PLACEMENT PROCEDURE

 

We'll contact schools in Taiwan for you as soon as we receive your complete application. As for how long it takes for us to firm up a position for you, it depends on a number of factors: how flexible you are about locations and schools and when the school semester begins. It takes less time if you are flexible about locations and schools, and if the start of the school semester is close by.

 

Before we contact a particular school for you, we'll let you know the specifics. It is only with your go-ahead that we'll contact the school. If the school accepts you, we would expect you to accept its offer. Sometimes, we would contact a school before we let you know the details due to time consideration or other factors. In that event, you are not obligated to accept its offer if you are accepted.

 

WHEN YOU ACCEPT AN OFFER

Please make sure that it is your final decision. After you give the hiring school your affirmative word, the school will decline the applications of other candidates and apply to the government for visa paperwork for you. This process is formality only, but very elaborate because several government departments are involved. The worst thing that can happen is for the school to go through this elaborate process only to find that you have changed your mind. In some cases, the position is considered filled by the government after it issues the visa paperwork even though the teacher later decided not to come for any reason. When this happens, you will leave the school in a devastating shape because the government will not issue more visa paperwork to the school for that semester at least. We cannot emphasize enough that you must treat your acceptance seriously.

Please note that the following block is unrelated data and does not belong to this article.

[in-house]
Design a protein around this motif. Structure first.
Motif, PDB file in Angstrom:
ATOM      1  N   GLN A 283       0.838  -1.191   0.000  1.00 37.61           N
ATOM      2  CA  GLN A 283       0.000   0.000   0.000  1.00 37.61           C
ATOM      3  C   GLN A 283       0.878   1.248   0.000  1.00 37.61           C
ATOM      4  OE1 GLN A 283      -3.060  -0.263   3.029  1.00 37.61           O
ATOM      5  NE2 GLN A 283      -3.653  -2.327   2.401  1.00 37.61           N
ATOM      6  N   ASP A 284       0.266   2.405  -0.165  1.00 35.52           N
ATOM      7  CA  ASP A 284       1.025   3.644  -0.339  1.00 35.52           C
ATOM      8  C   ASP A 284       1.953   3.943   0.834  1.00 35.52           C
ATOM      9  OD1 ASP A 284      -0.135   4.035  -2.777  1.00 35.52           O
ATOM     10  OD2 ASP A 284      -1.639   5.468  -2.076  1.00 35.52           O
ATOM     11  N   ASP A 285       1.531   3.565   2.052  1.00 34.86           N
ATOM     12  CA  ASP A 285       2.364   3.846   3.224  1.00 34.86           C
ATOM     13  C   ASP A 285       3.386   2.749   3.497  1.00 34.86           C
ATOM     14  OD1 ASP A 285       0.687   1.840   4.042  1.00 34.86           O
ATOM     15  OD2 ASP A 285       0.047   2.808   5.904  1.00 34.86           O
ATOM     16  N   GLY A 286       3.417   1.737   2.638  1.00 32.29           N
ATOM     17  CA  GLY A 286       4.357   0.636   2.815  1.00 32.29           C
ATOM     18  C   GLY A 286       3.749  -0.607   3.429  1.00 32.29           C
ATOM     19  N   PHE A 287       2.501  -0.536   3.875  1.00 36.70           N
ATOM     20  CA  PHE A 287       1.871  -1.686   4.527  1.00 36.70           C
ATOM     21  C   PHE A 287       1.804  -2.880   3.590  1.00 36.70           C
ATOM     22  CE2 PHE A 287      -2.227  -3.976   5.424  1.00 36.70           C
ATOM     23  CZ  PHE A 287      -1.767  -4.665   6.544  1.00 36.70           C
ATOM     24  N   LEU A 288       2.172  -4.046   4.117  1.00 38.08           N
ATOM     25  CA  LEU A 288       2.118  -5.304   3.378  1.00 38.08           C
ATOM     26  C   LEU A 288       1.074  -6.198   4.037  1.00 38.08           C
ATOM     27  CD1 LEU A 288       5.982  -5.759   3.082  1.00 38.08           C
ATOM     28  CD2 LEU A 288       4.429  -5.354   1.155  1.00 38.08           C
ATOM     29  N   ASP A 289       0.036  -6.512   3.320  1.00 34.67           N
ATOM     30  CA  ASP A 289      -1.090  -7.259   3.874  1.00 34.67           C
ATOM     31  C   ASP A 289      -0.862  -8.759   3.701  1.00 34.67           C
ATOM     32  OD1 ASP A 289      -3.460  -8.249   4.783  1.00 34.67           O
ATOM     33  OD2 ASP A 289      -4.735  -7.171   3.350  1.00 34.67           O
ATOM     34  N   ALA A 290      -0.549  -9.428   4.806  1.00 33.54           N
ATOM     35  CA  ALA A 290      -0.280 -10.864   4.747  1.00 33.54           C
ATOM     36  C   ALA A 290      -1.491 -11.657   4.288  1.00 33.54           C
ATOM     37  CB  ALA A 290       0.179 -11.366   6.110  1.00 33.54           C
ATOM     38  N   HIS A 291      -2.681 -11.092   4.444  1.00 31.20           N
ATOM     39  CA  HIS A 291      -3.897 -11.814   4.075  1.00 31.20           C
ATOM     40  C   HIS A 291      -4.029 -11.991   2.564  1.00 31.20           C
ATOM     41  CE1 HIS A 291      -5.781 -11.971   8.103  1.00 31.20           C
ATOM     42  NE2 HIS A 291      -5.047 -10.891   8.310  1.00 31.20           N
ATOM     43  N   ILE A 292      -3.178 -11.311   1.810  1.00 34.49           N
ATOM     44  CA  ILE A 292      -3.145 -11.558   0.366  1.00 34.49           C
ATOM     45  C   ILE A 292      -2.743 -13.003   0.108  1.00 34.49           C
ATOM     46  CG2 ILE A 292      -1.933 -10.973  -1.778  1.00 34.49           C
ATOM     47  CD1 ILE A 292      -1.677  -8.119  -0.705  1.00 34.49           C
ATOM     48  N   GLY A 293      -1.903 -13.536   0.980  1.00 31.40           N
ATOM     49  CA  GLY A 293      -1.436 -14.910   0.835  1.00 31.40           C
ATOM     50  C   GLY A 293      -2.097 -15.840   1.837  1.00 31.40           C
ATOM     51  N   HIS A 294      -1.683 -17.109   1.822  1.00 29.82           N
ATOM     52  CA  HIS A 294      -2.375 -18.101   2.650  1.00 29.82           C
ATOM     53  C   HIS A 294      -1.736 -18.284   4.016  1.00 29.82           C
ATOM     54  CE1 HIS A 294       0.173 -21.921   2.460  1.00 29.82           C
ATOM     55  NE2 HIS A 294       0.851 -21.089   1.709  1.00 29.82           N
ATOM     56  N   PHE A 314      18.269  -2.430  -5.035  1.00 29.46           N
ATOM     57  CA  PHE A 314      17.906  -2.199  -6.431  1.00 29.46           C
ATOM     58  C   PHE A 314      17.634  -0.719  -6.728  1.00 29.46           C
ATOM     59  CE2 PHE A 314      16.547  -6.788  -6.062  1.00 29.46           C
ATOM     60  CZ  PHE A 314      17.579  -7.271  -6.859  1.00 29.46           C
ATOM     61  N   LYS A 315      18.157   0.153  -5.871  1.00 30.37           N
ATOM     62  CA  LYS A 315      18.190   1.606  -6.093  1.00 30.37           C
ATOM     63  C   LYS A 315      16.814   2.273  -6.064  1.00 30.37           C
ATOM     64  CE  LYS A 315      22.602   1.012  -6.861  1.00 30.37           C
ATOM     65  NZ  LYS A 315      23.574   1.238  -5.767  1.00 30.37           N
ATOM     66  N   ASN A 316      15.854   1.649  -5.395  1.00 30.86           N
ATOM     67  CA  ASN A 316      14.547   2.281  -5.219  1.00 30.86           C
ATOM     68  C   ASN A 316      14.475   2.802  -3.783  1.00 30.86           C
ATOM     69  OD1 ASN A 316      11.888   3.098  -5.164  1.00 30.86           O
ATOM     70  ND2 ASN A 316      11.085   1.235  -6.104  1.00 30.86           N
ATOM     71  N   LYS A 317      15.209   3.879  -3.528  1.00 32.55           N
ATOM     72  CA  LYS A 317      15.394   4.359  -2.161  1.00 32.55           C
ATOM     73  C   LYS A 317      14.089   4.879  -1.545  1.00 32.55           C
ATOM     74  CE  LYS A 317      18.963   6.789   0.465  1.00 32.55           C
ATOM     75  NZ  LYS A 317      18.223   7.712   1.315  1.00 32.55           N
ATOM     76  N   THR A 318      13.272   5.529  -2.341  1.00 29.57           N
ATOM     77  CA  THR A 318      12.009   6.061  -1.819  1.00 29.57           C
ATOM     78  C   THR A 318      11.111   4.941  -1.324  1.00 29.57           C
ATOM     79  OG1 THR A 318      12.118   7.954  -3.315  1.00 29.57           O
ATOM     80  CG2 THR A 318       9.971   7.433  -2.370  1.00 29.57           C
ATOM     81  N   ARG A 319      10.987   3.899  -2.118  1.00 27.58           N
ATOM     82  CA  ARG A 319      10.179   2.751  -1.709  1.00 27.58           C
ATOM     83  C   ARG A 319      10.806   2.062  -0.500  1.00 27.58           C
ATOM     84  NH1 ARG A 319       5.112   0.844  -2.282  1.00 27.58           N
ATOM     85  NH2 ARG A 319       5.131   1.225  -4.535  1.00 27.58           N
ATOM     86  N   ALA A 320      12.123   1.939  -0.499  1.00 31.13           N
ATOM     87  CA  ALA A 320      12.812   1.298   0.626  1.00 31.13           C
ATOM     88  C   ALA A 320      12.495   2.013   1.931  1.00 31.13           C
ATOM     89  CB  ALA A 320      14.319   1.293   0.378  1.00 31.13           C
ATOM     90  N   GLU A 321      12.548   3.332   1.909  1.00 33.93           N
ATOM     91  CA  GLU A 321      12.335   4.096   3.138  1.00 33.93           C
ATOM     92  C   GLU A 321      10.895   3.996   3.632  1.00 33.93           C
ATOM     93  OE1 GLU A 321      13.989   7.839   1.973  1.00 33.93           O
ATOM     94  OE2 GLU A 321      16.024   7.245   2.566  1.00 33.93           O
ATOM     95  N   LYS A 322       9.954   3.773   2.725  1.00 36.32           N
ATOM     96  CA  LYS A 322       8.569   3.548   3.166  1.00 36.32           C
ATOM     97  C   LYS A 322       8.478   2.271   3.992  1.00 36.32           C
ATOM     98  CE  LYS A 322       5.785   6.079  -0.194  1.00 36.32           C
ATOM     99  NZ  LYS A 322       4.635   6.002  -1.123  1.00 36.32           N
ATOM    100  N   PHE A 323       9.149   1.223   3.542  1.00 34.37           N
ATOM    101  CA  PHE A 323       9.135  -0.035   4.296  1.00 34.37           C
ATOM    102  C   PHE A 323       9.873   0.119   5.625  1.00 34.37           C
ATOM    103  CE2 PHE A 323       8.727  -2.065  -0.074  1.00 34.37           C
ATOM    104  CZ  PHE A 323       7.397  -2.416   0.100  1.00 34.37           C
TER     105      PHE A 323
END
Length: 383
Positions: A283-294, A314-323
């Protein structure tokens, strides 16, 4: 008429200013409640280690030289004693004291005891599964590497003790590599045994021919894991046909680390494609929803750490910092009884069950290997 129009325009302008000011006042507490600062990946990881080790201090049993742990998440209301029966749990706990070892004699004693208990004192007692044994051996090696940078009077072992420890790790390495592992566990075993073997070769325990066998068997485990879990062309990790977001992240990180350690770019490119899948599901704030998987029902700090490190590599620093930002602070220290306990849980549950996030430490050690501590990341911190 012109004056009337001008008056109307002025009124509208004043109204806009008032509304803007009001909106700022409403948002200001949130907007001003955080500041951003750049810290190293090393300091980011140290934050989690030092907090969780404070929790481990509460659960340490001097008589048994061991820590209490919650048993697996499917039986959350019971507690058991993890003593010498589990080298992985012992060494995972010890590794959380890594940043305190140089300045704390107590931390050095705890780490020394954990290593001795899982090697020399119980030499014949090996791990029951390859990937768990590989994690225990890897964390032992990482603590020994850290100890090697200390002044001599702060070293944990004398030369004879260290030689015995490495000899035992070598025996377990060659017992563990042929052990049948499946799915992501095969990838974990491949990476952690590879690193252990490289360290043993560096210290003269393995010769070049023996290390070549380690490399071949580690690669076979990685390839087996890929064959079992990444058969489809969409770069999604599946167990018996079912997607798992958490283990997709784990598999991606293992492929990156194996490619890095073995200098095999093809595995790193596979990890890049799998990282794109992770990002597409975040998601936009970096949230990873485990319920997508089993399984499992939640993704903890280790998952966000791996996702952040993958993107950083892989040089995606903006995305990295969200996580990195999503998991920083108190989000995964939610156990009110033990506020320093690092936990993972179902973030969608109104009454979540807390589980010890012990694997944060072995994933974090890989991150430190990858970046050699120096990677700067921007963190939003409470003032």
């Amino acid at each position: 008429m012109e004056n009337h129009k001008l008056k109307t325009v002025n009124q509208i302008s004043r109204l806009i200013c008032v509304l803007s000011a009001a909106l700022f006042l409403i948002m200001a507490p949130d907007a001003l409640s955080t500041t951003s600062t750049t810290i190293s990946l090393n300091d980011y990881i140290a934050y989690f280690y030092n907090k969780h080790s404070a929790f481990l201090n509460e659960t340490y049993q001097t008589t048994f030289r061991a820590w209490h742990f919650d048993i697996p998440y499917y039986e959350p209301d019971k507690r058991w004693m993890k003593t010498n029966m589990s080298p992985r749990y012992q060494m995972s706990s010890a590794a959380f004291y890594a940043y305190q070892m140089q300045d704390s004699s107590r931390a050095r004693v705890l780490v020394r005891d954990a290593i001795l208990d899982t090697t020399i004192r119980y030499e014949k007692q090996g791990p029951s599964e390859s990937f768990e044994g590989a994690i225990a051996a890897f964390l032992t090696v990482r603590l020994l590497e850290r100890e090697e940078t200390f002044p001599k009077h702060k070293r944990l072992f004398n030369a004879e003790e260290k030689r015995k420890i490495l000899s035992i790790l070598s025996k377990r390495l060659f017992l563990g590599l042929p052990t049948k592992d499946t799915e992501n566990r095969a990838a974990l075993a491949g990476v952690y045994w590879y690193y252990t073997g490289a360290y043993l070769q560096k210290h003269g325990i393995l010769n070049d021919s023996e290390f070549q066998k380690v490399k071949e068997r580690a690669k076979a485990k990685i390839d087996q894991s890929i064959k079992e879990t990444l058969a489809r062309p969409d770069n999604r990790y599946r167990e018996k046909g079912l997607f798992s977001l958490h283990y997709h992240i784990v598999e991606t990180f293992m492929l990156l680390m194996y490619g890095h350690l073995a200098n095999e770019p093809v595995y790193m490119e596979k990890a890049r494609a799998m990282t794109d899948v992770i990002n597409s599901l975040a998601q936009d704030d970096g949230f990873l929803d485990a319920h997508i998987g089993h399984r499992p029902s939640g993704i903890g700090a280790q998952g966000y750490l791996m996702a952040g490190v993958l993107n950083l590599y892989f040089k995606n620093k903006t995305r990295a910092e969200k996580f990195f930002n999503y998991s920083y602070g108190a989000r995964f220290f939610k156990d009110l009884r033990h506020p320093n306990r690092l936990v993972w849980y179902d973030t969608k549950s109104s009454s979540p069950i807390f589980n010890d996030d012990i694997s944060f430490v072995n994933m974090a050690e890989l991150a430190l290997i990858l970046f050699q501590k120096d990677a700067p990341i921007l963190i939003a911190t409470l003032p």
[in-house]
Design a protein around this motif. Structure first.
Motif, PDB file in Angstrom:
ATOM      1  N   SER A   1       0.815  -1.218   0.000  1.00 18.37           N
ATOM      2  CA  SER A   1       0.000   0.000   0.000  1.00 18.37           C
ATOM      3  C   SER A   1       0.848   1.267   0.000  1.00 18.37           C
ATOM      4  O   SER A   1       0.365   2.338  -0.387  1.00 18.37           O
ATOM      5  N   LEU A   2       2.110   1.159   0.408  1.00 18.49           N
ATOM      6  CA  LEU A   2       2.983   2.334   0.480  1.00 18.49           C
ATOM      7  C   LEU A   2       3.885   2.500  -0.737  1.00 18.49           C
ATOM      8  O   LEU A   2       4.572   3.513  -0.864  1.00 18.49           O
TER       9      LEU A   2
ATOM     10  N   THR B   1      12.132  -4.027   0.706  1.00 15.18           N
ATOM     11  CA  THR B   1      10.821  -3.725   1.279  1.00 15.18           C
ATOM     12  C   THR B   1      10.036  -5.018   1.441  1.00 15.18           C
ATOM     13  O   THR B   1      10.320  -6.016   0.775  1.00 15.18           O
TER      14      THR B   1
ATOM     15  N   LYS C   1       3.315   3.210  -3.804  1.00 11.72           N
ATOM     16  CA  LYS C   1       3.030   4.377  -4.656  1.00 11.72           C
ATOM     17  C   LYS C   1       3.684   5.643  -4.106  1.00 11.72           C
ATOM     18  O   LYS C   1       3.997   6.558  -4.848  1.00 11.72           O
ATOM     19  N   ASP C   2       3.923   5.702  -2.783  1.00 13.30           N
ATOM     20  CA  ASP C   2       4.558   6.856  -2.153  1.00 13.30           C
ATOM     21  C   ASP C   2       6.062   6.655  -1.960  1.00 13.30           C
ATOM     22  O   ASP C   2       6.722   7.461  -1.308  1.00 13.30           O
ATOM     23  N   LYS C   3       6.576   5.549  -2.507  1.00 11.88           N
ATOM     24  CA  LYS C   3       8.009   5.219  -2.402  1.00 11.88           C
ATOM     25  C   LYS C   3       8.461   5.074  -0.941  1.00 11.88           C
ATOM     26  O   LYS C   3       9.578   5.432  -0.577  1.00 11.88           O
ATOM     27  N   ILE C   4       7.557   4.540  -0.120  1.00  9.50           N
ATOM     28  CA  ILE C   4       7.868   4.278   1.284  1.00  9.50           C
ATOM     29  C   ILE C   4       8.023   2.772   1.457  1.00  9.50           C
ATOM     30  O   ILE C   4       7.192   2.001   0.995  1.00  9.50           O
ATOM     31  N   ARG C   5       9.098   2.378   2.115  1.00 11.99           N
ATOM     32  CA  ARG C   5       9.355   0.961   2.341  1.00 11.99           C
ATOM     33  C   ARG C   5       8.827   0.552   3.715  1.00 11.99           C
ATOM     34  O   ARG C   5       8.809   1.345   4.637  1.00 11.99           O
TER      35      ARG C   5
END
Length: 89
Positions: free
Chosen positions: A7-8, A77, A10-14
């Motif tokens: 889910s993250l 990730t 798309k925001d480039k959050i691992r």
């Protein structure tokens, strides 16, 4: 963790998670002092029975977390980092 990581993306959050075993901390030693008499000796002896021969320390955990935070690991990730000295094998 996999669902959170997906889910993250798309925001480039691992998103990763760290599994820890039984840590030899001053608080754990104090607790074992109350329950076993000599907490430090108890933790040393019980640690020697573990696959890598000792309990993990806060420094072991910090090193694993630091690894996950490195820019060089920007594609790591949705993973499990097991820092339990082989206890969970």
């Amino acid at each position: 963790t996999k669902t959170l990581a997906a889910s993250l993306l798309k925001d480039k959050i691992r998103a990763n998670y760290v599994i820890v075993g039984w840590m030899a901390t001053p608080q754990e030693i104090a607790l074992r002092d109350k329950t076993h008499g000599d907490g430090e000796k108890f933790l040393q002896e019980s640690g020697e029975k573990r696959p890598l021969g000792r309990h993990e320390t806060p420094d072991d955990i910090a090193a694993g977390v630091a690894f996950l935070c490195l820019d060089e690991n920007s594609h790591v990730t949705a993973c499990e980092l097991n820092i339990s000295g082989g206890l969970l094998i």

COURSE OF ACTION AFTER YOU ARE ACCEPTED

Once an offer is made and you accepted, you will be usually, but not always, asked to submit the following documents so that the hiring school can prepare paperwork for you to apply for a visa:

 

Two reference letters.

A signed contract


VISA APPLICATION PROCESS